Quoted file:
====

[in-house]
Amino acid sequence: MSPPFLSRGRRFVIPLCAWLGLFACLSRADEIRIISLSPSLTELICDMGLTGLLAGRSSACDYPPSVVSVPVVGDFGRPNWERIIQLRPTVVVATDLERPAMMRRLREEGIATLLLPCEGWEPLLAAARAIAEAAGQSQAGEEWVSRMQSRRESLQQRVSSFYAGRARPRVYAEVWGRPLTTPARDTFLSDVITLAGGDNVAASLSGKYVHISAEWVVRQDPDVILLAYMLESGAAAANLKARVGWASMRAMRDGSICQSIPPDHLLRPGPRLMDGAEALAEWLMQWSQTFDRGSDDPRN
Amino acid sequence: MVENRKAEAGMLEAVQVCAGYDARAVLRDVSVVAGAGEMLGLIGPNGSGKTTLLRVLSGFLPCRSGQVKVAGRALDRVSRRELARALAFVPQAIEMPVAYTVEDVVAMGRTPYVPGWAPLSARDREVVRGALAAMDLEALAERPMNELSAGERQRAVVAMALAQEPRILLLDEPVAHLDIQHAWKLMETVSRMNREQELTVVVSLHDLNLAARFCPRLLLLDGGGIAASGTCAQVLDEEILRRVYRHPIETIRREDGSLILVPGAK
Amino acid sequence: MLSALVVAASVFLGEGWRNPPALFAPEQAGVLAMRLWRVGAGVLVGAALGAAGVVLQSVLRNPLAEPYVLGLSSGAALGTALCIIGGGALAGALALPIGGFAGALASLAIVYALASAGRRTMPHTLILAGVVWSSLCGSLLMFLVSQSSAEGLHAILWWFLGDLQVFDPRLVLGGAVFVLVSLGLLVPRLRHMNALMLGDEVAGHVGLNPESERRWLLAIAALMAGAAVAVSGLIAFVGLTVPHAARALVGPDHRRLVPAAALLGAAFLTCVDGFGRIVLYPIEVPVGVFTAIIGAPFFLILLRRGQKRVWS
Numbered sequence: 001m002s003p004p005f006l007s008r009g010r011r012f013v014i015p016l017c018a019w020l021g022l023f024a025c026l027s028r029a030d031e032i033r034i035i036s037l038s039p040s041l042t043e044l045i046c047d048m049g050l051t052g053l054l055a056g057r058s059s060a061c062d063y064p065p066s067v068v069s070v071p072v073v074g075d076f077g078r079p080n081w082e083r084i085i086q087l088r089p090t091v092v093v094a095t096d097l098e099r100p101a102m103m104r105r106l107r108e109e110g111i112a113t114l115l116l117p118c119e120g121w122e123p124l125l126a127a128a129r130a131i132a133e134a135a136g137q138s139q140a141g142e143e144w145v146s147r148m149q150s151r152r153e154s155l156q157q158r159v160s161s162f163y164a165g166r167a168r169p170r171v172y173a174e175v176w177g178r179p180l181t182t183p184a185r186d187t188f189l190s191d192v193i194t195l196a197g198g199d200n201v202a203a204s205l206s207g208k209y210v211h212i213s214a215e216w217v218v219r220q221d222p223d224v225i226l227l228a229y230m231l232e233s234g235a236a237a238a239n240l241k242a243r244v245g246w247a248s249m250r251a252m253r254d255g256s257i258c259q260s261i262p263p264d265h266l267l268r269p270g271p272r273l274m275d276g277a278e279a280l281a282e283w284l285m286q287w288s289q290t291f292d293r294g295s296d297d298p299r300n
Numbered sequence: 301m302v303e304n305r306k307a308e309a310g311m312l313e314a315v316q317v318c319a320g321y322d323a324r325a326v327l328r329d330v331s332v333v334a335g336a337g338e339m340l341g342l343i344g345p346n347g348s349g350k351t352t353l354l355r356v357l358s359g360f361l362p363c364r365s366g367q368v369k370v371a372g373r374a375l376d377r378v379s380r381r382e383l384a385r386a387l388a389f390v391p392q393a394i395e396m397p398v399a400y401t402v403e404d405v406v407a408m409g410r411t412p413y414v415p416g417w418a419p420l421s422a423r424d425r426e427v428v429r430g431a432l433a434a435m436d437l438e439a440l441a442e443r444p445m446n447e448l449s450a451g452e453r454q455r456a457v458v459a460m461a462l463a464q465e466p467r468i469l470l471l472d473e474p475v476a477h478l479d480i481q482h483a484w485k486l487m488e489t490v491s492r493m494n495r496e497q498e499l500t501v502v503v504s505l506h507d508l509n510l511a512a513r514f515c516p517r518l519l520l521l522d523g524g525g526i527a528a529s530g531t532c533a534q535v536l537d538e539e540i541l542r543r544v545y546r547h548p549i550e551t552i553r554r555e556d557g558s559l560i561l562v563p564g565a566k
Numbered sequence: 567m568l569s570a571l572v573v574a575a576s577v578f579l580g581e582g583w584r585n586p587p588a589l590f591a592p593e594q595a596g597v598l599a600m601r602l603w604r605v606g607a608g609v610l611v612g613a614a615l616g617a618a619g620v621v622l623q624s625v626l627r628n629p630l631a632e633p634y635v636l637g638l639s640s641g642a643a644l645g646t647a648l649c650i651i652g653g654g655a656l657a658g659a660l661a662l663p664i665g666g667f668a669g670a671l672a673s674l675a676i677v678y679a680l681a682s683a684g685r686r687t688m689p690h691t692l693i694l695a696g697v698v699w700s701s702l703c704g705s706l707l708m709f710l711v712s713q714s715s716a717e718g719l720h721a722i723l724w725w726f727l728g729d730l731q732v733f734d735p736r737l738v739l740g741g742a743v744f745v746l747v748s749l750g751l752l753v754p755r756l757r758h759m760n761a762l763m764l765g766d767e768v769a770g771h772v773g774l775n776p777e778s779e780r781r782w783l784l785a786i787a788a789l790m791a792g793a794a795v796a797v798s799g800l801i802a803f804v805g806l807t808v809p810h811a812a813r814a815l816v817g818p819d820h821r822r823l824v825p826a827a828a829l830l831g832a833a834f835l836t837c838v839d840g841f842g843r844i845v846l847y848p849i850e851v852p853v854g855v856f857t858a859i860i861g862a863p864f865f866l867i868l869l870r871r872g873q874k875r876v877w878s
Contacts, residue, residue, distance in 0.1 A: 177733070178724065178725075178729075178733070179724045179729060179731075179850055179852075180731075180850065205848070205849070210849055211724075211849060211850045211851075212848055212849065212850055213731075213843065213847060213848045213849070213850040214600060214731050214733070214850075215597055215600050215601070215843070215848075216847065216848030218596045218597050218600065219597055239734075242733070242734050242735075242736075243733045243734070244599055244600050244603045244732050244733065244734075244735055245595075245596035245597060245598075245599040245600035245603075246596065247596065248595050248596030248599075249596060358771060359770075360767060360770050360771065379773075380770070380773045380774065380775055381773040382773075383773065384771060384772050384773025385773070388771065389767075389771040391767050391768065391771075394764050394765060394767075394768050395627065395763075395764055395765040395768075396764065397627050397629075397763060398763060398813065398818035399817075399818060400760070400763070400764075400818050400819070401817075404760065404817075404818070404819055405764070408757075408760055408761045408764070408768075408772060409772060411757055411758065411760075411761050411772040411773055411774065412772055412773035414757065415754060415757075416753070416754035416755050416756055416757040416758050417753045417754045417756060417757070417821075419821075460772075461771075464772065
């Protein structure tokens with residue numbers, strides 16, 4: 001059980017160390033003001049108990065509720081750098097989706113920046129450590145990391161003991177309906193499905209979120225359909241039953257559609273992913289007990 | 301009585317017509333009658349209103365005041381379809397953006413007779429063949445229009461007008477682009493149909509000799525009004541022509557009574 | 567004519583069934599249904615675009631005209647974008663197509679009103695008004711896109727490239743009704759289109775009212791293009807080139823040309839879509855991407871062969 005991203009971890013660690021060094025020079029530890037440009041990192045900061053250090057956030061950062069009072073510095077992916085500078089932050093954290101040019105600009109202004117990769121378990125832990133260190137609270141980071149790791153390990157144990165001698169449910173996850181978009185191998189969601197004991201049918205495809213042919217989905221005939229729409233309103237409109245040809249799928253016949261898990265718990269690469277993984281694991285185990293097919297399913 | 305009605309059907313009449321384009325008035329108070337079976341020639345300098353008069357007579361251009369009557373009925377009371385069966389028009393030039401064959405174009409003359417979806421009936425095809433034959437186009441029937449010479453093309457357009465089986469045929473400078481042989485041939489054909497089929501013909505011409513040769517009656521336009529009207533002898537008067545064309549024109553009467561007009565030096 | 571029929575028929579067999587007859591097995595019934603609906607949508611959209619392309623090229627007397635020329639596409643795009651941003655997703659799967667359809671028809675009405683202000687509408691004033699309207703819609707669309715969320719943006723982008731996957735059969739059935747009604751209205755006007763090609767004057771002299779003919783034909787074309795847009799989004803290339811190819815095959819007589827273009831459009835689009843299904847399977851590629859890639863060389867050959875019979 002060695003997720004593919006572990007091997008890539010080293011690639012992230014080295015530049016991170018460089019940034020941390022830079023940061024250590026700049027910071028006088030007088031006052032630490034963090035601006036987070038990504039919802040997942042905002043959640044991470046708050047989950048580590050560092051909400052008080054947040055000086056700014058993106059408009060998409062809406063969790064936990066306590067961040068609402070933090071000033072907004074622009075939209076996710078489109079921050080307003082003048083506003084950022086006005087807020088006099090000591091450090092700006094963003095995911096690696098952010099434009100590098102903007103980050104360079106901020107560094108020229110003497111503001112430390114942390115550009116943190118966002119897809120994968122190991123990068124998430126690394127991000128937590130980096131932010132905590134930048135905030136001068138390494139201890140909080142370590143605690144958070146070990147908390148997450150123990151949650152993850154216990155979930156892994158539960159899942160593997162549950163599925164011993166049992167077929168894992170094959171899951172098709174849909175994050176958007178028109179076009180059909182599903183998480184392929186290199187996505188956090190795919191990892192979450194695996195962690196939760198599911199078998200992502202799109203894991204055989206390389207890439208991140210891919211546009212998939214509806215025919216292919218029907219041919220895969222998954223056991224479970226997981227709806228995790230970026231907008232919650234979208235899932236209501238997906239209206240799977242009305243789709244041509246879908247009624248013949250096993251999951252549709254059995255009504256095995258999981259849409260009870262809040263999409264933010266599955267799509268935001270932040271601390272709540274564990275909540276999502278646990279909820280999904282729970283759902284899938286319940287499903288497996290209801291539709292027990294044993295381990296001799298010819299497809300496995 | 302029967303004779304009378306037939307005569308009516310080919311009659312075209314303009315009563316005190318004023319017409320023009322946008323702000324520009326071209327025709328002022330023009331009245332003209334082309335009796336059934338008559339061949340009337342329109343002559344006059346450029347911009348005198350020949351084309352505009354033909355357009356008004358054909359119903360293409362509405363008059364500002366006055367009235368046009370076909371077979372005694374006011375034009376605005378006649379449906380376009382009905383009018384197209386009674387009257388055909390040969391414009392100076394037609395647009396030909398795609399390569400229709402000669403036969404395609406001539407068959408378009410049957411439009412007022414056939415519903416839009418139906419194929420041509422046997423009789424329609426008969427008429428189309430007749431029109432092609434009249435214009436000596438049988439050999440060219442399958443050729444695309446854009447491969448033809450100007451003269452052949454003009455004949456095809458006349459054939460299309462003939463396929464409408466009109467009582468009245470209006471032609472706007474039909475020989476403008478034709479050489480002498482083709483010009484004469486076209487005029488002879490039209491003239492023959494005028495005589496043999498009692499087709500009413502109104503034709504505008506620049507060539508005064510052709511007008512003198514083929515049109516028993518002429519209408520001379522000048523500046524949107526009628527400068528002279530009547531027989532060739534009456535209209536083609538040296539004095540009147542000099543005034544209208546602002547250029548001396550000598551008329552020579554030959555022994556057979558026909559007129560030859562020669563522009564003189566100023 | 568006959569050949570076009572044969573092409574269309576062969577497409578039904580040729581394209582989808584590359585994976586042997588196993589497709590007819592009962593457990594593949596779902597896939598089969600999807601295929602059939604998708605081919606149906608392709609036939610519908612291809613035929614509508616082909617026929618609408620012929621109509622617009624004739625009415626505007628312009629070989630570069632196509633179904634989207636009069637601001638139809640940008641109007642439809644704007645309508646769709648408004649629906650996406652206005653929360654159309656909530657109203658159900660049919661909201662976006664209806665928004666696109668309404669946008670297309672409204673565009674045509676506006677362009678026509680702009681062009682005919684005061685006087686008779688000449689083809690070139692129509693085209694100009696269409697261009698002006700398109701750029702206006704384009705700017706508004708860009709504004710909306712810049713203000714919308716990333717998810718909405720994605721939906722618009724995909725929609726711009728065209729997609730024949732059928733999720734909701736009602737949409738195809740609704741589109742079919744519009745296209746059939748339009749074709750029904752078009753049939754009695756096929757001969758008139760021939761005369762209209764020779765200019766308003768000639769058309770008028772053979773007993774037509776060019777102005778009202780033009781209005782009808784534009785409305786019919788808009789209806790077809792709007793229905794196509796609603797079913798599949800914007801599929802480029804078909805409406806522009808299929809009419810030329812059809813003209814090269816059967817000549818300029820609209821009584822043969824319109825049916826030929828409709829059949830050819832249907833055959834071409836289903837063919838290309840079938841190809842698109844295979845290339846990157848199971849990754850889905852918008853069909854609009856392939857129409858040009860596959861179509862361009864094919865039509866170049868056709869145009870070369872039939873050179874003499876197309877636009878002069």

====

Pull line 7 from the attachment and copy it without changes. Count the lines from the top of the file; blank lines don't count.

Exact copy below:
Numbered sequence: 567m568l569s570a571l572v573v574a575a576s577v578f579l580g581e582g583w584r585n586p587p588a589l590f591a592p593e594q595a596g597v598l599a600m601r602l603w604r605v606g607a608g609v610l611v612g613a614a615l616g617a618a619g620v621v622l623q624s625v626l627r628n629p630l631a632e633p634y635v636l637g638l639s640s641g642a643a644l645g646t647a648l649c650i651i652g653g654g655a656l657a658g659a660l661a662l663p664i665g666g667f668a669g670a671l672a673s674l675a676i677v678y679a680l681a682s683a684g685r686r687t688m689p690h691t692l693i694l695a696g697v698v699w700s701s702l703c704g705s706l707l708m709f710l711v712s713q714s715s716a717e718g719l720h721a722i723l724w725w726f727l728g729d730l731q732v733f734d735p736r737l738v739l740g741g742a743v744f745v746l747v748s749l750g751l752l753v754p755r756l757r758h759m760n761a762l763m764l765g766d767e768v769a770g771h772v773g774l775n776p777e778s779e780r781r782w783l784l785a786i787a788a789l790m791a792g793a794a795v796a797v798s799g800l801i802a803f804v805g806l807t808v809p810h811a812a813r814a815l816v817g818p819d820h821r822r823l824v825p826a827a828a829l830l831g832a833a834f835l836t837c838v839d840g841f842g843r844i845v846l847y848p849i850e851v852p853v854g855v856f857t858a859i860i861g862a863p864f865f866l867i868l869l870r871r872g873q874k875r876v877w878s